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on 13 April 2018
This is the most intelligent, well informed, and realistic book I've read about psychology in a long time. Quite easy to read (and understand) too. Far from being a self help book, it makes the reader, through knowledge and understanding, br more comfortable with the complexities of contradictions of our ways to happiness.
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on 14 March 2014
This book is wonderful and very uplifting. My only criticism was that, when discussing depression, it is spoken of as something that has been blown out of proportion and over-medicated. As a depression sufferer, I felt slightly misunderstood by this section. However, overall this book is flawless and easy to read. I couldn't distract myself from it.
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VINE VOICEon 21 December 2006
'Happiness' explores what happiness actually means from a biological and social viewpoint and how we can best attain happiness. This isn't a self-help book, but more of a mini psychology textbook.

I found it quite difficult to get into as it was slow at the beginning, but the chapter about brain activity and the small amount of info on Cognitive Behavioural Therapy were quite intersting.

I have recently read, 'Emotions' by Dylan Evans (also published in Oxford) and found this a lot more informative and easy to read.

Ok, just not brilliant.
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on 27 December 2010
This book was delivered to me very soon after my order, thank you.
Its very interesting, I enjoyed it
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on 9 March 2014
Happiness is like paradise in that you do not notice it until it has gone; the lack of unhappiness indicates pain. Pursuing happiness is thus, unlike life or liberty, fairly pointless.

The book relies on copious studies by tenured academics, but frankly I wonder, whether it might not be better for them to go and do a proper job, for even if they could work out happiness it would add nothing to mine.
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on 5 January 2007
Nettle summarises the various studies and statistics available on the subject of what make people happy. Importantly, he has a useful discussion on the types of happiness; feelings of joy, judging oneself to be happy, and realising one's potential. He focuses on the second, and crunches through the studies, also provding useful scientific explanations of how the brain works. Three of the most interesting things that stood out for me were that most people are actually happy, control within one's job is more important than income, and there is a distinct (biological) difference between wanting and liking. The latter is the root of addiction (and advertising), and also shows how getting what one wants may not lead to happiness.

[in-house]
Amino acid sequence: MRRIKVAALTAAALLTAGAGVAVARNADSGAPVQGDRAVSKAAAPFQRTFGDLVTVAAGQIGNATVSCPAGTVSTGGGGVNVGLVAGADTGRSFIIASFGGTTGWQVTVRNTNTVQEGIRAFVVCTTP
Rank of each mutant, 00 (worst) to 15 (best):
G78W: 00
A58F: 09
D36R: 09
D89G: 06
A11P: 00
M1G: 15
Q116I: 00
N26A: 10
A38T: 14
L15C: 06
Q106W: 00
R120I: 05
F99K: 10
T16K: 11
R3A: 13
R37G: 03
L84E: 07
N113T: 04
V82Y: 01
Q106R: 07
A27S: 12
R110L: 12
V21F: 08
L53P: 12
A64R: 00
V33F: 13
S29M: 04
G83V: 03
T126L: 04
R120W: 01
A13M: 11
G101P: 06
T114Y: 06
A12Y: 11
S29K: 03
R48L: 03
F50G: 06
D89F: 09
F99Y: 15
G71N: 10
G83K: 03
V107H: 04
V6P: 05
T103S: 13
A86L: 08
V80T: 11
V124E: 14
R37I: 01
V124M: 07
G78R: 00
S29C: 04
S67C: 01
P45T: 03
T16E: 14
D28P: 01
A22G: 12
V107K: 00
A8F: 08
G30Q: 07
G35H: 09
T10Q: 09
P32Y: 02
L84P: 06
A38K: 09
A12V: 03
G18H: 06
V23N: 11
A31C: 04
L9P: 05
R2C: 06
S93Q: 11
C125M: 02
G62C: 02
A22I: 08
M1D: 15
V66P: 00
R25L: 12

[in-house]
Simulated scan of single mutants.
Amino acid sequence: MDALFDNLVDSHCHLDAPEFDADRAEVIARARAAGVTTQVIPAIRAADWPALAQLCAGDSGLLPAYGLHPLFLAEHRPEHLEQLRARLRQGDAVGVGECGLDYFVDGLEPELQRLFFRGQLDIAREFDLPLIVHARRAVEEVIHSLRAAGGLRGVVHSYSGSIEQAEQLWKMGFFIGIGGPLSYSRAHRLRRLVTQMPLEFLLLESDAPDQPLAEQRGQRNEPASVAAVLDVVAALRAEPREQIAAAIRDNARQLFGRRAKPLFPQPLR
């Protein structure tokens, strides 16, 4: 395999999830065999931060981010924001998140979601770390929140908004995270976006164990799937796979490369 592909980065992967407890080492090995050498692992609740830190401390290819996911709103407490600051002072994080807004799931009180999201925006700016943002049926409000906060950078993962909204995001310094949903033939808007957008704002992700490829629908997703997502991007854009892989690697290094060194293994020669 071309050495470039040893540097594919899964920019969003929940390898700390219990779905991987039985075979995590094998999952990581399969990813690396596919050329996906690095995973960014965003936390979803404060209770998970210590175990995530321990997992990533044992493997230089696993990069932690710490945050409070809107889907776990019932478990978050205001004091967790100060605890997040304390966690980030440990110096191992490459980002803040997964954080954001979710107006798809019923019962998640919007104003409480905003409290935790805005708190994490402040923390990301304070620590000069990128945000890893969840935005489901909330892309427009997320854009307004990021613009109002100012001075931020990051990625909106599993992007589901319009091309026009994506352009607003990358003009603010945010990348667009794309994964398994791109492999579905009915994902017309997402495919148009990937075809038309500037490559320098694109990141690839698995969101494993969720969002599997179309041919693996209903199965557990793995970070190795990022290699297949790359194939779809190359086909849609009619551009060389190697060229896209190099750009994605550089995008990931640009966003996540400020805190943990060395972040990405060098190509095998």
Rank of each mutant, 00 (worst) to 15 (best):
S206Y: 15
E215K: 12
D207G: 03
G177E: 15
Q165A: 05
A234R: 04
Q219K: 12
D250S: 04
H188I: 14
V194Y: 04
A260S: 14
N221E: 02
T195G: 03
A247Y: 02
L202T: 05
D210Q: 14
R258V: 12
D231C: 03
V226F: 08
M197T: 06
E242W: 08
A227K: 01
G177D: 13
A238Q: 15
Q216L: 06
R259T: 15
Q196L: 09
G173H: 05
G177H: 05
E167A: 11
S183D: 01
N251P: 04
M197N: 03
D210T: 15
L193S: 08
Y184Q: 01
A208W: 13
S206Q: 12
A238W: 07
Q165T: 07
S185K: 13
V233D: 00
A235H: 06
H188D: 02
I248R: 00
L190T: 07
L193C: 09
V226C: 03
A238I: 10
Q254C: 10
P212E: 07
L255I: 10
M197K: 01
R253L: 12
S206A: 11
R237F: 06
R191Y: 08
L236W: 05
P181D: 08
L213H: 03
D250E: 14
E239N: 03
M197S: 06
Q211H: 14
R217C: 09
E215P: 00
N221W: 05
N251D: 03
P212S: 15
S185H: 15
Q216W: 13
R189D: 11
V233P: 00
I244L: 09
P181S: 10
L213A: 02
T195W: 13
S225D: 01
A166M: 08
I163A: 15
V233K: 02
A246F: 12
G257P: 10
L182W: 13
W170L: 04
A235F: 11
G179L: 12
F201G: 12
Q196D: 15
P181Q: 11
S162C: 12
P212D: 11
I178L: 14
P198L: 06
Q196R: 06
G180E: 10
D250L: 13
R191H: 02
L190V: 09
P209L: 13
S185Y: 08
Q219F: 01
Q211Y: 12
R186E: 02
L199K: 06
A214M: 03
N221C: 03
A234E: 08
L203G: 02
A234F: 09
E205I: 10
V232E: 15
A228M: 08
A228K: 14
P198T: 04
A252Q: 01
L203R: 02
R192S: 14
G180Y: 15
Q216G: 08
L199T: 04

I would have been interested in seeing a greater discussion on why the rates of depression are on the rise, yet most people are happy. Is it the case that the extremes of society are getting more pronounced? Or simply, we are more aware of depression than before. I also thought that his view that those who are neurotic (tendency to negative emotions) and introverted (closed to experiences) tend to be less happy was somewhat circular. This is the crux of the issue, that is, what causes what! Does being happy lead one to be less neurotic or the other way around?!

On balance, the book was informative, concise and life-enhancing
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on 15 August 2009
The author summarises the research on the subject of "Happiness" very clearly. He also presents three different "types/levels" of happiness and discusses why some people are "happy" and some find it difficult to be so. Very insightful and relevant to our modern life and challenges. Easy to follow and fun to read!
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on 9 May 2006
The book tries to cover all the ways you could look at happiness from a non-emotional perspective. Are you happier when you're older/younger/slimmer/fatter/married/single? Is it genetic, and are there different kinds of happiness? The book tries to answer all these questions... and it does so with limited success. I found the book hardgoing in one part with too much statistical sociology information.

The part on how your brain works was fascinating, about how the different chemicals in your brain work to keep you happy/sad etc. Overall a good read, enlightening.
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on 20 July 2005
This book is an enjoyable read, a good survey of the science, and actually useful in thinking about personal happiness. I won't say 'it changed my life', but it will influence the way I think about my wants, needs, and life choices.

I particularly liked the way that it was grounded in an evolutionary approach while holding back from some of the dafter aspects of 'sociobiology'. If you are searching for the meaning of life, you could do worse than start here.
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on 21 January 2007
This hand sized paperback by Daniel Nettle has it all: wisdom, wit, useful information, philosophical discourse, groundbraking psychology and, good old common sense. The subject is happiness (of course) and, from the very beginning of the book, some myths and misconceptions are challenged and dispelled and, taking their place appear the well reasoned arguments and conclusions from the author. If you enjoy a brilliant mind at work this book is for you.
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